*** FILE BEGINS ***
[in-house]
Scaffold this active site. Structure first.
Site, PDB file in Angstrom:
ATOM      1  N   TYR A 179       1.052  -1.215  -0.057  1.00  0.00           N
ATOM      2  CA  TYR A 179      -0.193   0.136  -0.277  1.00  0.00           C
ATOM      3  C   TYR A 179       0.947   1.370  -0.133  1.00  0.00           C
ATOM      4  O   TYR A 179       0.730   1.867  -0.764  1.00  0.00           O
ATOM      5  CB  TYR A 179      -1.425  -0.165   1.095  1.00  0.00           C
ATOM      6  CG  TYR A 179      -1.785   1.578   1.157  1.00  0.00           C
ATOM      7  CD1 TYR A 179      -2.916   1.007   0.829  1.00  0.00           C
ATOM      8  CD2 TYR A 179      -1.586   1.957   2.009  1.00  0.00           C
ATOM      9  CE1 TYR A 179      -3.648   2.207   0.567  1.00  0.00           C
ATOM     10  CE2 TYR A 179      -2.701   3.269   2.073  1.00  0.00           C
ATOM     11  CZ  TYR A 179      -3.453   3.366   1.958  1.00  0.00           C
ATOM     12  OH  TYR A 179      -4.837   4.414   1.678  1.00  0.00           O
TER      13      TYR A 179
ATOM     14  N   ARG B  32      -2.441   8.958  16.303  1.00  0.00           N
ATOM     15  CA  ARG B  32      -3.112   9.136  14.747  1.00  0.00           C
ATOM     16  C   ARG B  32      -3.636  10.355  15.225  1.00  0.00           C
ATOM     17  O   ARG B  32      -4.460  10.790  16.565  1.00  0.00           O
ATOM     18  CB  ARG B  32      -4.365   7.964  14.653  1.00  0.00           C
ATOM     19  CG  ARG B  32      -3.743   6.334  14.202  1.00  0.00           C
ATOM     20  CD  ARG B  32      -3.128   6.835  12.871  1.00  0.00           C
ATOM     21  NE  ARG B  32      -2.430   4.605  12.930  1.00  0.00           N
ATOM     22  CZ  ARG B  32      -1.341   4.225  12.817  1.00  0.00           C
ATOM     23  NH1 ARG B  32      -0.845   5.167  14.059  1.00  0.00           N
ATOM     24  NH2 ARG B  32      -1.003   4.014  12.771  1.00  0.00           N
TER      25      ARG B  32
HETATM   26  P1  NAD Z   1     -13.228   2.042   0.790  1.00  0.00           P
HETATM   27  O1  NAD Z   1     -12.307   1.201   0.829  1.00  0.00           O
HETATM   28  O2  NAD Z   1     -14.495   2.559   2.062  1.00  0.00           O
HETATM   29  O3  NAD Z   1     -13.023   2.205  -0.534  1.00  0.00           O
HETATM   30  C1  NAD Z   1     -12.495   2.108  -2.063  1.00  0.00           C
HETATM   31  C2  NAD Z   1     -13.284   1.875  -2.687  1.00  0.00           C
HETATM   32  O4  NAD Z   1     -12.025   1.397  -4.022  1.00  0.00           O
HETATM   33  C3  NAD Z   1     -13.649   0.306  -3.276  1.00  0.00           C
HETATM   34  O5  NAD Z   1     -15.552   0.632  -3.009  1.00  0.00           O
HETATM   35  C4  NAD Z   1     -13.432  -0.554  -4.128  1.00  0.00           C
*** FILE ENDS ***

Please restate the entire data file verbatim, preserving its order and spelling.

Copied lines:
[in-house]
Scaffold this active site. Structure first.
Site, PDB file in Angstrom:
ATOM      1  N   TYR A 179       1.052  -1.215  -0.057  1.00  0.00           N
ATOM      2  CA  TYR A 179      -0.193   0.136  -0.277  1.00  0.00           C
ATOM      3  C   TYR A 179       0.947   1.370  -0.133  1.00  0.00           C
ATOM      4  O   TYR A 179       0.730   1.867  -0.764  1.00  0.00           O
ATOM      5  CB  TYR A 179      -1.425  -0.165   1.095  1.00  0.00           C
ATOM      6  CG  TYR A 179      -1.785   1.578   1.157  1.00  0.00           C
ATOM      7  CD1 TYR A 179      -2.916   1.007   0.829  1.00  0.00           C
ATOM      8  CD2 TYR A 179      -1.586   1.957   2.009  1.00  0.00           C
ATOM      9  CE1 TYR A 179      -3.648   2.207   0.567  1.00  0.00           C
ATOM     10  CE2 TYR A 179      -2.701   3.269   2.073  1.00  0.00           C
ATOM     11  CZ  TYR A 179      -3.453   3.366   1.958  1.00  0.00           C
ATOM     12  OH  TYR A 179      -4.837   4.414   1.678  1.00  0.00           O
TER      13      TYR A 179
ATOM     14  N   ARG B  32      -2.441   8.958  16.303  1.00  0.00           N
ATOM     15  CA  ARG B  32      -3.112   9.136  14.747  1.00  0.00           C
ATOM     16  C   ARG B  32      -3.636  10.355  15.225  1.00  0.00           C
ATOM     17  O   ARG B  32      -4.460  10.790  16.565  1.00  0.00           O
ATOM     18  CB  ARG B  32      -4.365   7.964  14.653  1.00  0.00           C
ATOM     19  CG  ARG B  32      -3.743   6.334  14.202  1.00  0.00           C
ATOM     20  CD  ARG B  32      -3.128   6.835  12.871  1.00  0.00           C
ATOM     21  NE  ARG B  32      -2.430   4.605  12.930  1.00  0.00           N
ATOM     22  CZ  ARG B  32      -1.341   4.225  12.817  1.00  0.00           C
ATOM     23  NH1 ARG B  32      -0.845   5.167  14.059  1.00  0.00           N
ATOM     24  NH2 ARG B  32      -1.003   4.014  12.771  1.00  0.00           N
TER      25      ARG B  32
HETATM   26  P1  NAD Z   1     -13.228   2.042   0.790  1.00  0.00           P
HETATM   27  O1  NAD Z   1     -12.307   1.201   0.829  1.00  0.00           O
HETATM   28  O2  NAD Z   1     -14.495   2.559   2.062  1.00  0.00           O
HETATM   29  O3  NAD Z   1     -13.023   2.205  -0.534  1.00  0.00           O
HETATM   30  C1  NAD Z   1     -12.495   2.108  -2.063  1.00  0.00           C
HETATM   31  C2  NAD Z   1     -13.284   1.875  -2.687  1.00  0.00           C
HETATM   32  O4  NAD Z   1     -12.025   1.397  -4.022  1.00  0.00           O
HETATM   33  C3  NAD Z   1     -13.649   0.306  -3.276  1.00  0.00           C
HETATM   34  O5  NAD Z   1     -15.552   0.632  -3.009  1.00  0.00           O
HETATM   35  C4  NAD Z   1     -13.432  -0.554  -4.128  1.00  0.00           C